Focus on Africa: Time right to look at immigrants, their legacies

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The Free Press newsroom has been working for the past few months on an ambitious editorial project.

We’ve been talking to Africans in Manitoba (and Manitobans in Africa) for a special All-Africa edition of the paper, which you’ll see Wednesday, Jan. 18, and online (at

Ambitious is a nice way to describe it, actually. Quixotic might be more accurate.

Africa is one complex and gloriously unmanageable “theme” to choose to kick off our 2012 series, Our City Our World, which is why it takes up the whole newspaper. (The rest of Our City Our World will continue in FYI sections, beginning Feb. 25.)

But we chose Africa because Winnipeg sponsors more refugees than any other community in Canada, and Africans are our newest and fastest-growing group of refugees.

We chose it because a number of powerful NGOs — the Canadian Foodgrains Bank, Canadian Lutheran World Relief, Mennonite Central Committee — are headquartered in Winnipeg and have been making a difference in Africa for decades.

We chose it because francophones from Africa have dramatically rejuvenated our French quarter in St. Boniface in recent years.

And all those factors add up to a lot of Winnipeggers with their hands and hearts in Africa.

Senator Romeo Dallaire has added his voice to the edition, which was initially inspired by local music producer and activist Darcy Ataman, who works with Dallaire in Congo.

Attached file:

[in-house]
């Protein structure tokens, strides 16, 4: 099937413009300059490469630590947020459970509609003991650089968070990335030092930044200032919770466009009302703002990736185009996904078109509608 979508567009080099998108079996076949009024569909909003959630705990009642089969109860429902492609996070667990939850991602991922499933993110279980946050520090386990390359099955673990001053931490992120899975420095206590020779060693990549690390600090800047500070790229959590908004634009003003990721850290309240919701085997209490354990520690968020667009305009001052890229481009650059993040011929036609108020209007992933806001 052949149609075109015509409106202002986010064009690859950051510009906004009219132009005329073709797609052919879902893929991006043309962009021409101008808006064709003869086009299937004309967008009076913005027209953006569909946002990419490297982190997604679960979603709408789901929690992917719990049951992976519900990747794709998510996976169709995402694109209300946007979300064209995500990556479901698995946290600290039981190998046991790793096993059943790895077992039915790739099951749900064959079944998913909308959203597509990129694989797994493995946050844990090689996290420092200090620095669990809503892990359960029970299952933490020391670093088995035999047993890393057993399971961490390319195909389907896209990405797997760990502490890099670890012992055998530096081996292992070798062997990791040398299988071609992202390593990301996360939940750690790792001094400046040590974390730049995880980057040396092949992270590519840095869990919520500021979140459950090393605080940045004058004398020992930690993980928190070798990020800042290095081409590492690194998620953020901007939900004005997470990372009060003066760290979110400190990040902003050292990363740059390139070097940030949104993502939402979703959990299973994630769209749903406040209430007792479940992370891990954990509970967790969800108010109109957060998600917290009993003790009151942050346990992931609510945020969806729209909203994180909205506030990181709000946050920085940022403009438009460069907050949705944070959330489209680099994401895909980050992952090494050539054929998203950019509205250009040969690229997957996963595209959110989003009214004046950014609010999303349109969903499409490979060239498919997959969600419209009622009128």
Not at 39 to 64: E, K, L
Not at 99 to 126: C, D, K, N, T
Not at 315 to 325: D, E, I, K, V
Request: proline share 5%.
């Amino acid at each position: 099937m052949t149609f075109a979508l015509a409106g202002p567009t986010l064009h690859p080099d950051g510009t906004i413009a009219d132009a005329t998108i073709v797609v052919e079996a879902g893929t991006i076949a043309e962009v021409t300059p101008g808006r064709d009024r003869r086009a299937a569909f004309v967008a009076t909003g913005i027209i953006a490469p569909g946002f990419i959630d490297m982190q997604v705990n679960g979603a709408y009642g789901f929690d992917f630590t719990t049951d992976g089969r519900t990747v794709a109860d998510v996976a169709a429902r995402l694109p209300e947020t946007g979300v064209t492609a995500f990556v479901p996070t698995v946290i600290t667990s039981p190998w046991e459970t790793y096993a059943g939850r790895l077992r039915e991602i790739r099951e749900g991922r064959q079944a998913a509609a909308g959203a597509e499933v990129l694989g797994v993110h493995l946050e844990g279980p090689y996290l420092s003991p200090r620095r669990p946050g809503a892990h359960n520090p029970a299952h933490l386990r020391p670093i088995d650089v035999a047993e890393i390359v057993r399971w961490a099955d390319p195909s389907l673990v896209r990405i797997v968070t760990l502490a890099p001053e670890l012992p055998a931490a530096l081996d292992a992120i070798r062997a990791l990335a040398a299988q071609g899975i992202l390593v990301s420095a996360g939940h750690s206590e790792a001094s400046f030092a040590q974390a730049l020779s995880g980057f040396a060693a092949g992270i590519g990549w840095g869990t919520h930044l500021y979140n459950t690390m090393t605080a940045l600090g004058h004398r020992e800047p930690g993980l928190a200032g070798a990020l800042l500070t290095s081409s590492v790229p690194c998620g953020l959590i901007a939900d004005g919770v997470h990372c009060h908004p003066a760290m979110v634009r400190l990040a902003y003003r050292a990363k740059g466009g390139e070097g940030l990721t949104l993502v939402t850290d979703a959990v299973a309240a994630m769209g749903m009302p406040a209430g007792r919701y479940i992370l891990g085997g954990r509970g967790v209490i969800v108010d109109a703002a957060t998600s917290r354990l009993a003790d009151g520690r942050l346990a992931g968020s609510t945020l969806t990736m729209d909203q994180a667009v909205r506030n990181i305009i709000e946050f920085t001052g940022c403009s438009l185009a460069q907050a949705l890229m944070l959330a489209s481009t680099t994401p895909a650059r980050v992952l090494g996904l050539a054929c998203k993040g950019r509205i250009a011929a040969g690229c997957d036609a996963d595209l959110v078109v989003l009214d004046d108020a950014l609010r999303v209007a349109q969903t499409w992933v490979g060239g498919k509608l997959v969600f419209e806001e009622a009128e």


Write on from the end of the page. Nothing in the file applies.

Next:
Themed newspapers are rare. But we like to try new things at the Winnipeg Free Press. As one of the last independent papers in Canada, we have the ability to take risks other papers might not. We were the first metropolitan daily in North America to put out the themed paper on breast cancer, and we expect to make next week’s issue worth your while.

It’s truly a significant year to look at immigrants and their legacy in this community.

Two centuries ago, in 1812, the first big wave of European immigrants, the Selkirk Settlers, arrived at the Red River Colony in what is now known as Winnipeg.

One century ago, in 1912, Winnipeg was the fastest-growing city in Canada, due to a flood of immigrants flowing into the province on the railway.

And almost precisely 50 years ago, Jan. 19, 1962, Immigration minister Ellen Fairclough (the first woman to serve as a federal cabinet minister) tabled regulations in the House of Commons that would end racial discrimination in Canada’s immigration policy, and open this nation’s doors to the world.

Over the next year, in a series of monthly FYI sections, we will look at many of the immigrants who now call Winnipeg home — why they came, why they stayed and their impact on our community.

Republished from the Winnipeg Free Press print edition January 14, 2012 A19

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